Both. It depends on whether you are setting system-wide environment variables or user environment variables. But this differentiation is only made when storing environment variables that persist. When you set them in a "wrapper script" it's only local to that session. As explained above that's recommended as you won't be "messing" with any administrator stuff of managing the local workstation.
python to be recognized as a command in a command prompt it's executable must be on the
PATH (or in the running directory
Think of a computer being completely oblivious to whatever is stored on the hard-disk. It doesn't know anything. You've Python in a specific folder stored somewhere, it doesn't know! The only reason why an OS will know a command is because it's told where it is to run it. Similar to
PYTHONPATH you'd have to tell it where to look.
For example if Python is in
C:\Python27 then add it to your
Now if you run
python as a command the command prompt will look under the current working directory whether it finds it. If not it's assuming you're running a command that's on your path. So it will go through all the paths under
PATH until it finds a
python executable in there. If it doesn't find it, the computer will tell you the command doesn't exist.
Actually, this is what the "wrapper scripts" could be doing. They are not actually "setting" the environment variables that you see when you go to "Computer" > "Advanced" > "Environment Variables" stuff, because we're not setting them "on the system" but in the session of the wrapper script and then running the implementation.
For example try a .bat file like this:
You'll have an open command prompt now that has that environment variables set. In there you could start Python, run pyblish, etc. if it's exposed in the paths set in this file.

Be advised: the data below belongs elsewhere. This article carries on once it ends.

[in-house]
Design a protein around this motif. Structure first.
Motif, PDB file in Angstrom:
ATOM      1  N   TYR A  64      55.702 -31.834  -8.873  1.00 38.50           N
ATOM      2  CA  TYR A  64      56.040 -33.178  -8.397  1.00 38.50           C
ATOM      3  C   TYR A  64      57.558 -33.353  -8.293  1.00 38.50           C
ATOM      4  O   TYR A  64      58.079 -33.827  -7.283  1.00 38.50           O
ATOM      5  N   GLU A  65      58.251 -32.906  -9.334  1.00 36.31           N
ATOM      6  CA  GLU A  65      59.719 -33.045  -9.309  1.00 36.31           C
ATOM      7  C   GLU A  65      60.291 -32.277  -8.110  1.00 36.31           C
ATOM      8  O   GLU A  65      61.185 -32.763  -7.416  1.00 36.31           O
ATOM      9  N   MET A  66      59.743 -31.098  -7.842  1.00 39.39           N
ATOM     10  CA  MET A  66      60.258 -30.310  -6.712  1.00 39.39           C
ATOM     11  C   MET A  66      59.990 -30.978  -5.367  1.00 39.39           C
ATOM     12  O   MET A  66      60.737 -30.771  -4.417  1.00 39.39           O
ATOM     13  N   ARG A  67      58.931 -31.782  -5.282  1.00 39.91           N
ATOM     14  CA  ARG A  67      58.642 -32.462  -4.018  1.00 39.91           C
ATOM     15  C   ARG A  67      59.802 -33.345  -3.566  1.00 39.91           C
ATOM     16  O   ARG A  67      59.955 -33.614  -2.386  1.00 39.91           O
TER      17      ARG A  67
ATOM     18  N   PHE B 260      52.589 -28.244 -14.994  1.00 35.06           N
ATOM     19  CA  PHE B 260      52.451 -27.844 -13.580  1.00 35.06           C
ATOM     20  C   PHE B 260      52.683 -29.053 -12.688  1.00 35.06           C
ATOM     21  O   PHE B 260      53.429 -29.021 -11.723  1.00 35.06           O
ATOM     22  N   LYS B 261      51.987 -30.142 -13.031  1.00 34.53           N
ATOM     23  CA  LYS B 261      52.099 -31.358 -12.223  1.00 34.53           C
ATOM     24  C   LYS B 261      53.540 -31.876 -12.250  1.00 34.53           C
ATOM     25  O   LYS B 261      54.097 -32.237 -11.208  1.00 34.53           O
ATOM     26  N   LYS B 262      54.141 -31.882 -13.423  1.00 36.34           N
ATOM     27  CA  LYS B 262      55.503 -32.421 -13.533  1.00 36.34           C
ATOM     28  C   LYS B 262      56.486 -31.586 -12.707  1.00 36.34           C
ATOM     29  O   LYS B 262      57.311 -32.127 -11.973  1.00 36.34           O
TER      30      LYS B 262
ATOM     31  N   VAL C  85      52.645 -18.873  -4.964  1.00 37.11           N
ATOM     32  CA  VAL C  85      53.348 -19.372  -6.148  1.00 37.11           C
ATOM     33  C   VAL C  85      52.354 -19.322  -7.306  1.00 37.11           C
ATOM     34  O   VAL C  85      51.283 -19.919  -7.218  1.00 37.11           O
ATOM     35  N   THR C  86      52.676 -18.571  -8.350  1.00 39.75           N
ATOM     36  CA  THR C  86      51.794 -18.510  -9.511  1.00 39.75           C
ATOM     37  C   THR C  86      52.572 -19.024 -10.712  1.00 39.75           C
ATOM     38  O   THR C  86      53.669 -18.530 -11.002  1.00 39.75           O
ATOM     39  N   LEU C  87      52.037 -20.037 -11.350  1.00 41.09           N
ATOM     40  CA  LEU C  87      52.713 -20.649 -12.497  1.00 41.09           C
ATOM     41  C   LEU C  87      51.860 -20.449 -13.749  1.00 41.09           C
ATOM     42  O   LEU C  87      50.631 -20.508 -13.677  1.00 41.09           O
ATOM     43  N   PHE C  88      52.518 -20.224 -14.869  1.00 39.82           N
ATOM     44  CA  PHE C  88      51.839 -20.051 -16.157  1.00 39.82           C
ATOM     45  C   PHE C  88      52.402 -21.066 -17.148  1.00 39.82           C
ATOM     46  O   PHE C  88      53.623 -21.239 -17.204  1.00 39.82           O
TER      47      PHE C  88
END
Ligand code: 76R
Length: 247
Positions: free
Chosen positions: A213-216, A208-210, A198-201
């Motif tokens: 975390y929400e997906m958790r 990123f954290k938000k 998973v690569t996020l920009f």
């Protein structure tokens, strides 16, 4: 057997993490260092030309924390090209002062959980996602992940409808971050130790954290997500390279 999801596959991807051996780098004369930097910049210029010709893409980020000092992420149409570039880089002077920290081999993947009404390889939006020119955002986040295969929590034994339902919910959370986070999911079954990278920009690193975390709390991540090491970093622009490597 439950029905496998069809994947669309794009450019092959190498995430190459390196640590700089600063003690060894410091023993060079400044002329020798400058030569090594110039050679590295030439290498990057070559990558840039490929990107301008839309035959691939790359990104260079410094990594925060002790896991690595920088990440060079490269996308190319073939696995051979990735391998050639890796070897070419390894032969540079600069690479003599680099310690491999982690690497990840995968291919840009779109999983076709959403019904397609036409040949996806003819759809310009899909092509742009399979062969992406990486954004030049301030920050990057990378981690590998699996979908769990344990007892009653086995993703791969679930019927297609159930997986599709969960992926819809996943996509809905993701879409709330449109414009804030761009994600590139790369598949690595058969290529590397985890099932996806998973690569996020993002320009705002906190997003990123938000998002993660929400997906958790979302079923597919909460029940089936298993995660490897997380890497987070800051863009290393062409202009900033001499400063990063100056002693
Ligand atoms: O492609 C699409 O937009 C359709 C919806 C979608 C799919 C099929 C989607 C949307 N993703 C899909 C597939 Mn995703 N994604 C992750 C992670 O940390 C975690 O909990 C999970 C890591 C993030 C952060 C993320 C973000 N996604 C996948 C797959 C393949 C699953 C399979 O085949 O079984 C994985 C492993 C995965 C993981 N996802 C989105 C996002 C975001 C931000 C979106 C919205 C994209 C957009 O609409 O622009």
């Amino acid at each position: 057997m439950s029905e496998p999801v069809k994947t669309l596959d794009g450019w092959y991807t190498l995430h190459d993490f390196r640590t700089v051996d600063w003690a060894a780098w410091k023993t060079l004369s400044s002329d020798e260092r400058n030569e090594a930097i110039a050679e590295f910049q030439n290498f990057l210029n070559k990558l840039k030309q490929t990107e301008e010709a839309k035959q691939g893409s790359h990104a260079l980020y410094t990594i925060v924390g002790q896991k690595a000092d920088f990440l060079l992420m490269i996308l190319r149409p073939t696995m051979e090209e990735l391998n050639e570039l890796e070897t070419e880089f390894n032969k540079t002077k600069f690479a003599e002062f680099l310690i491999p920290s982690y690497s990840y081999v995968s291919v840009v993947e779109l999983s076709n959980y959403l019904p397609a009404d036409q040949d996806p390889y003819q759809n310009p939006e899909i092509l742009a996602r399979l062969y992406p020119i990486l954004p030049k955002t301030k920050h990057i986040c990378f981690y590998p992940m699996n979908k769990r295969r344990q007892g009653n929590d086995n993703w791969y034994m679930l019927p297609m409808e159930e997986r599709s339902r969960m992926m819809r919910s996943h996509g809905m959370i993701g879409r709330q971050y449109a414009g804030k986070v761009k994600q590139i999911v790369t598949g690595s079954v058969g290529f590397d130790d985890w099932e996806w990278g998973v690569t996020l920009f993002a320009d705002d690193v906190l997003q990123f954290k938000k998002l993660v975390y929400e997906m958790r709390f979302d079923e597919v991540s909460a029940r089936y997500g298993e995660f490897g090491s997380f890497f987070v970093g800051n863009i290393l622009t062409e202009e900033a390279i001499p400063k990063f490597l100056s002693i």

Now instead of starting
cmd at the end imagine running
maya at the end. Basically the command prompt would close, but Maya would start to run (within that environment!) Voila! You'd have your first launcher script to launches Maya. A wrapper script if you will that does all of it for you where you don't have to "manage" the system itself.
Even better, when updating the environment all you'd need to do is change the script.
it is related to be too?
be is a framework that allows you to manage environment that you enter and run an application within it. Again, you're not setting the environment variables for the user and storing them on the system. You'd be entering the environment each time to launch the application. And that's when you are running into "wrapper scripts" to ease entering the environment you want for that application.
Even though setting variables on the system itself and then "living with that" works just fine, it's much harder to manage over time with many many systems. Unless again that whole "hardcoding" of the environment is done with a management system or set of scripts... but again, when going that far? Why not manage the environment on much lower-level, like whenever wrapping the environment?
Again, the recommendation here is to manage this with "wrapper" scripts so that you maintain control in a much more logical sense instead of managing all environment variables system-wide per machine that you have operating. Especially since you might want to change environments depending on the project you're running, and that's where the real power comes in.